The point of society is that, through the operation of what we called the "Greater Leviathan" (that organisation of man greater than the State) individuals can satisfy their desires with the greatest economy of elfort. What do you think is meant in the above quotation by "the act of order to a peopled kingdom"? What do we feel about this description of order and cooperation? ...

Let us now take a contrasting picture, a picture of the endeavour to build a society upon unjust principles; of making some men the property of others; and of the quest for material gain without considering what others will get. It was written by an American President when his nation was enduring the misery of the greatest catastrophe of all, civil war, and when land was increasingly falling into private ownership.

"Insomuch as we know by divine law nations, like individuals, are subjected to punishments and chastisements in this world, may we not justly fear that the awful calamity of Civil War that now desolates the land may be but a punishment inflicted upon us for our presumptuous sins and to the need of our national reformation as a whole people?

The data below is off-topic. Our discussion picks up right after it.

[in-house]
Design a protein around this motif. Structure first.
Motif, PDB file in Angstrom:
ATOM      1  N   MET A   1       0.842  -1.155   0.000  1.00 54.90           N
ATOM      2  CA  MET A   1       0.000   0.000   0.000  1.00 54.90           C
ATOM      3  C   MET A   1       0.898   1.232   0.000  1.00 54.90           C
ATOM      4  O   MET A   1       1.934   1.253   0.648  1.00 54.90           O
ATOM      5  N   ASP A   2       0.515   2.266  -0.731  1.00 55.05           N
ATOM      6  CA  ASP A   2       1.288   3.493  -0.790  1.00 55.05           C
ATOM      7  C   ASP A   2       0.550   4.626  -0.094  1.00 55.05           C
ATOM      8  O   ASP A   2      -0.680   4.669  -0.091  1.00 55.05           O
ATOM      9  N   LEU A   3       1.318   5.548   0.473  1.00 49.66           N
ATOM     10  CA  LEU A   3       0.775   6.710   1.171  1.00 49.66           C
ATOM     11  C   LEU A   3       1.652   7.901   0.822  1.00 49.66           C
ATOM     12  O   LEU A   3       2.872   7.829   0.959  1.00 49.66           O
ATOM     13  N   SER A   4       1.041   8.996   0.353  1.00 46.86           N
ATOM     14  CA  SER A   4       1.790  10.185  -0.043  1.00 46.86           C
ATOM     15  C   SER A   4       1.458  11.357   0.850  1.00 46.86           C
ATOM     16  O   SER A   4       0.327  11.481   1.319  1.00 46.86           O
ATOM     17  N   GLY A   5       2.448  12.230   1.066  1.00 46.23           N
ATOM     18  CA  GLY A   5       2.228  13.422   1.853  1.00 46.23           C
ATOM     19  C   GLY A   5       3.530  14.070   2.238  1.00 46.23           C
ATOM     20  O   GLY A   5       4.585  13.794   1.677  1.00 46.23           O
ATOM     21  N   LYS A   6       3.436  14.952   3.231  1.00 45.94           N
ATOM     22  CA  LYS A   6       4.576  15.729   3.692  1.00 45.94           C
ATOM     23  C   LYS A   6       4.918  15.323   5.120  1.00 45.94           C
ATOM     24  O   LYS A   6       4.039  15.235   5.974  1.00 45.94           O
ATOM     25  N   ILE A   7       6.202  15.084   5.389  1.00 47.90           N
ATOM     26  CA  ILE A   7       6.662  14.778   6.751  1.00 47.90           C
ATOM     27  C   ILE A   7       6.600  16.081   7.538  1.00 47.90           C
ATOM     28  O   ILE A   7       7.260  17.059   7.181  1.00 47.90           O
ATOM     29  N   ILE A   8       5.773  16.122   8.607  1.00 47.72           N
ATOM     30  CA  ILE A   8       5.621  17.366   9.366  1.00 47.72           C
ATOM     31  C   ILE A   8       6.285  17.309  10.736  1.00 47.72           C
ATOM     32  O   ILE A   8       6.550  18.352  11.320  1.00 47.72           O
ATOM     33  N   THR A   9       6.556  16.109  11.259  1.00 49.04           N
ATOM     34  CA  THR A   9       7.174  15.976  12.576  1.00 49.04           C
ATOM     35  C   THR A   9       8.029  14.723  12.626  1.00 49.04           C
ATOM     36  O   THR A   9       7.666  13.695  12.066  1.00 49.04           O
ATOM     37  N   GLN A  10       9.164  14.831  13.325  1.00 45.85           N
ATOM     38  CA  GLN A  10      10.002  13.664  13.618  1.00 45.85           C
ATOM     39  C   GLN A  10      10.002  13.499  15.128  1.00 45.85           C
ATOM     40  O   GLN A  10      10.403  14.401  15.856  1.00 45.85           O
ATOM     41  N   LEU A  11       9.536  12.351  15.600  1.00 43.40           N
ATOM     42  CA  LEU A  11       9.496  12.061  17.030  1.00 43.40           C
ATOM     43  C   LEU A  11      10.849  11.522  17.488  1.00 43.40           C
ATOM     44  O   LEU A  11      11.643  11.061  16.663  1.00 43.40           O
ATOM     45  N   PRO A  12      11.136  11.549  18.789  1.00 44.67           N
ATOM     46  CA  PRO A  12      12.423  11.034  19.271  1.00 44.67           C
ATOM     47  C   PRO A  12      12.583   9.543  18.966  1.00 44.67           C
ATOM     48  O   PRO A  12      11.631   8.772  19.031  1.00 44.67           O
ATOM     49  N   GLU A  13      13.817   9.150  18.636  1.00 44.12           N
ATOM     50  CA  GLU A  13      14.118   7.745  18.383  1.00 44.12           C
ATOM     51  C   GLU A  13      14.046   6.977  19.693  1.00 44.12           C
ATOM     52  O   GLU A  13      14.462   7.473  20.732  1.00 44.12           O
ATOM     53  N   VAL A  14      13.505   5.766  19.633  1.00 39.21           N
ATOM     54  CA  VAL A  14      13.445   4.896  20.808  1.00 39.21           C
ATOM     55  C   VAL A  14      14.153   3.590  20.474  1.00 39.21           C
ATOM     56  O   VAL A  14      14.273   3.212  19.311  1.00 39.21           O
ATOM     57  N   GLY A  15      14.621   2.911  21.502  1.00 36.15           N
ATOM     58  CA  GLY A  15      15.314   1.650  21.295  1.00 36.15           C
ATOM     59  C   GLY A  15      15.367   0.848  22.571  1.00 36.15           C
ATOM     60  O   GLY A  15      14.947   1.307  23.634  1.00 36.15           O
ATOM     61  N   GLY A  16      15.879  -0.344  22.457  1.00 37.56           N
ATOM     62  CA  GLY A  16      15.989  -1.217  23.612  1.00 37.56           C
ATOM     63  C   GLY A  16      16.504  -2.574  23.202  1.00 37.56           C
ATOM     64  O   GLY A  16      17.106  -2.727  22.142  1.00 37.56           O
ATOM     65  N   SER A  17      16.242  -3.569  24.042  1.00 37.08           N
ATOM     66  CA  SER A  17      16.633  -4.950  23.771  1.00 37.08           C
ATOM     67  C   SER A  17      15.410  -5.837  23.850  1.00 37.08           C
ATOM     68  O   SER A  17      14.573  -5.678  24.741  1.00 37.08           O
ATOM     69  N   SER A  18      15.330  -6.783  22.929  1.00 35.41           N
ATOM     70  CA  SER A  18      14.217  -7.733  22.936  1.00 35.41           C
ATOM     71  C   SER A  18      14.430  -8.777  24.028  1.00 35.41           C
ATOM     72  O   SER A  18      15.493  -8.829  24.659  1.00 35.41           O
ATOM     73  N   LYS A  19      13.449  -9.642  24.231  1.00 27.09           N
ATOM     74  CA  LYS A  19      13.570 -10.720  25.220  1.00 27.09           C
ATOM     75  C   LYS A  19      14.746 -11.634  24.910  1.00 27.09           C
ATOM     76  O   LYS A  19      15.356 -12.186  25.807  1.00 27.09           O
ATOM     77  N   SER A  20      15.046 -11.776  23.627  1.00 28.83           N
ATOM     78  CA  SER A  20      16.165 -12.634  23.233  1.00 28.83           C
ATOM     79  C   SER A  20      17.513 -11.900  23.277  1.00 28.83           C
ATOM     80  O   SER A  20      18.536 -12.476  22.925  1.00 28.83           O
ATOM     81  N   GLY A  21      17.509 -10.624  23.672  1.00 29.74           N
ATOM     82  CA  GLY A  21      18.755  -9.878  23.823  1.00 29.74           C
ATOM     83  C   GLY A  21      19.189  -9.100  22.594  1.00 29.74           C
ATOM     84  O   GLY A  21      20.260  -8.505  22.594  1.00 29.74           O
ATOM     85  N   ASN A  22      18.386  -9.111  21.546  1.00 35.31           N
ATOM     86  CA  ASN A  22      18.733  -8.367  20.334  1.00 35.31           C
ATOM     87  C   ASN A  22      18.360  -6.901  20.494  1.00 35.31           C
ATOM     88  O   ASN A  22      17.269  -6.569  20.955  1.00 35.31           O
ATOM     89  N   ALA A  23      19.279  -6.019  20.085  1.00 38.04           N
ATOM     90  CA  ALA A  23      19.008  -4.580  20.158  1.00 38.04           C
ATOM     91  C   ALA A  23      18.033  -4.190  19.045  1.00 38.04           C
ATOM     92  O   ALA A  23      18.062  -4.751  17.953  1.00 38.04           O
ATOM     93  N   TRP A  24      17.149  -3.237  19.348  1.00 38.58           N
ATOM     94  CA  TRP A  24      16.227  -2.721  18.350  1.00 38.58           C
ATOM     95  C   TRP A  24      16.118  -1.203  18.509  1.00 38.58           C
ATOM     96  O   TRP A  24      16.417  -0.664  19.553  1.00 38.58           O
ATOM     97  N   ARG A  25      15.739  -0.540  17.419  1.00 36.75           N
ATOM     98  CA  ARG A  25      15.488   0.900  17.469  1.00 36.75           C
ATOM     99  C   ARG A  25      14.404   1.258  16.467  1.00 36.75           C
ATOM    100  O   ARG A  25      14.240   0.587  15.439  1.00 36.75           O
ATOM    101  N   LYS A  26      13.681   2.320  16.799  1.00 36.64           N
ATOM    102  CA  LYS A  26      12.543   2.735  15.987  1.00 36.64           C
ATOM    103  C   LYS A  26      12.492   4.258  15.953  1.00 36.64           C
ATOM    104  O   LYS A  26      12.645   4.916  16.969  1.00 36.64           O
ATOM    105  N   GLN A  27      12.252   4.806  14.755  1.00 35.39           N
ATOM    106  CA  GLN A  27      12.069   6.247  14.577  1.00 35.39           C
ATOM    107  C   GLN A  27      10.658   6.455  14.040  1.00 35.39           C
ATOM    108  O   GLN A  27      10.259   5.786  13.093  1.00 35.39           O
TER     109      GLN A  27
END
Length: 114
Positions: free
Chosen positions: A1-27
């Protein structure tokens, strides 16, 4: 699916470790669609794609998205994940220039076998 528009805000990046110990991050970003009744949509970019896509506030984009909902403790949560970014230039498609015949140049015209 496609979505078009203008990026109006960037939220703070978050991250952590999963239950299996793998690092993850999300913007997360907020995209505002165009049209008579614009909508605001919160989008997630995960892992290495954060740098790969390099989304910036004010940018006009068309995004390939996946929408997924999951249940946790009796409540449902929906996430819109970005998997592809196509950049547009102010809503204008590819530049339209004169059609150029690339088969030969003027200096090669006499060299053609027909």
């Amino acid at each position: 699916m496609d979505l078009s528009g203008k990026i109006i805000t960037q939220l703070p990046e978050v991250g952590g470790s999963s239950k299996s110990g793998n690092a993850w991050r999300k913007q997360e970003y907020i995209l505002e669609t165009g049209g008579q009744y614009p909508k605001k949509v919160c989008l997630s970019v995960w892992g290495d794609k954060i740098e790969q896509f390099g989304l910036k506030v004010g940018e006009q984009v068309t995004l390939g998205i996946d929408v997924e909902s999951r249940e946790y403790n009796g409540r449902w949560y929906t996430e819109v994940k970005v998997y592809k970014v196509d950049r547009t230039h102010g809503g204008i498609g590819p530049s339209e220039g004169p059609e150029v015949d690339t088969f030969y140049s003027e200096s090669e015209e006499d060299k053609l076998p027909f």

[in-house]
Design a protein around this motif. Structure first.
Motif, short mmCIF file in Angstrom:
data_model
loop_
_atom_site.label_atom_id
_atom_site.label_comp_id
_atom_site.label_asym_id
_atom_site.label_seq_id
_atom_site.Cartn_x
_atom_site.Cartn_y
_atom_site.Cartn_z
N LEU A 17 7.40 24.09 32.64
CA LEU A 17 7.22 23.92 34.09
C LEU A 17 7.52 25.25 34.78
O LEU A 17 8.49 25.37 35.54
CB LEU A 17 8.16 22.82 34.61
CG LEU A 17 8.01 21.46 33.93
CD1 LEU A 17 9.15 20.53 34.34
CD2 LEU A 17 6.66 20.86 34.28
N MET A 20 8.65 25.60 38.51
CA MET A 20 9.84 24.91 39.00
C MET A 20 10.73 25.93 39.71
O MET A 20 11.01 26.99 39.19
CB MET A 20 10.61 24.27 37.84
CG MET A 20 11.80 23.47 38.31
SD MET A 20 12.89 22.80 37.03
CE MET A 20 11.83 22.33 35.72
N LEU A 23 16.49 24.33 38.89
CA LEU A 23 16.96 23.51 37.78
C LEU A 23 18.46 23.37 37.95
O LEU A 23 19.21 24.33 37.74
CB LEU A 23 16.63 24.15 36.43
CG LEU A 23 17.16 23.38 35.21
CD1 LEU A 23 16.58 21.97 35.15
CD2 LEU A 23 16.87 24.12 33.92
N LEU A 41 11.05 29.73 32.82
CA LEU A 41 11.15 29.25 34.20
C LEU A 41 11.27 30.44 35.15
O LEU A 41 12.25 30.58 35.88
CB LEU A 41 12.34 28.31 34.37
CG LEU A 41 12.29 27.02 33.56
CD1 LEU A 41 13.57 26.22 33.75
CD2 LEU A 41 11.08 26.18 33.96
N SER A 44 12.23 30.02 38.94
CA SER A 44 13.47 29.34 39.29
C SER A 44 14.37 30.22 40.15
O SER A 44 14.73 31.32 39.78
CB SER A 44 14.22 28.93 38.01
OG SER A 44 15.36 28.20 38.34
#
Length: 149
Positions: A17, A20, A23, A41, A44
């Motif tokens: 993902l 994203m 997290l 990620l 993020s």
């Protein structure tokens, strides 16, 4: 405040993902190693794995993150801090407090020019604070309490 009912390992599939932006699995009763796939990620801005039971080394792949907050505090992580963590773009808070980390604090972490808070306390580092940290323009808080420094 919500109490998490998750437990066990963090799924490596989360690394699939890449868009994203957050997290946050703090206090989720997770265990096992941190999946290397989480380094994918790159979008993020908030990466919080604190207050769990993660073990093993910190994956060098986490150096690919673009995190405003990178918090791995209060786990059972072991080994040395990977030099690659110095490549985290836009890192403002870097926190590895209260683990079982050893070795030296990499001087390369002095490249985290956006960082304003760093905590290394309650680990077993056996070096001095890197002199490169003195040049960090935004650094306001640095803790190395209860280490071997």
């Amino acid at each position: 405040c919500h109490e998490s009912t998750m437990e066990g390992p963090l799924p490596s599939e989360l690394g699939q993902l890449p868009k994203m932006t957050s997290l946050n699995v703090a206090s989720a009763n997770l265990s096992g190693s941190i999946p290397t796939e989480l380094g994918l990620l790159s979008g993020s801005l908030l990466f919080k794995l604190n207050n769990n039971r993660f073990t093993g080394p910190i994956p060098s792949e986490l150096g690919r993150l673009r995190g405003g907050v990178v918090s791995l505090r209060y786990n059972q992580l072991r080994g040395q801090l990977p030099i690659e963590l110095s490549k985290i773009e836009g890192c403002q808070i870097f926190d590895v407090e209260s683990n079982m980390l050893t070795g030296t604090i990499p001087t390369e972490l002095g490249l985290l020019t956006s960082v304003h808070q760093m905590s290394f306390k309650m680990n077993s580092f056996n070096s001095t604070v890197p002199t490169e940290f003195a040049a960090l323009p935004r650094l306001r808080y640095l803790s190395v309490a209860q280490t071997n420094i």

"We have been the recipients of the choicest bounties of heaven; we have been preserved these many years in peace and prosperity; we have grown in wealth and power and in numbers as no other nation has grown but we have forgotten our God. "

Lincoln continues by pointing out that Americans have hitherto arrogantly believed that their blessings have come from their own superior wisdom and virtue. At another time Lincoln said:

"The land, the earth God gave to man for his home, sustenance and support, should never be possessed by any man, corporation, society or unfriendly government, any more than the air or water if as much. . . "

The lack of liberty which we are experiencing in Australia and may experience more of in time, flows inevitably from land monopoly, which both Australia and America inherited from England. Without assistance the poor fall victim to the economically stronger. To escape this dependency the landless have formed parties and trades union, and fallen victim to the trades union and Governments.

This has happened rather in the same way as ordinary people fell under the power of feudal lords to escape marauding bands of hostile barbarians. The Government has intervened to put a safety net of welfare under those who could not provide for themselves when they were sick, injured, or old aged.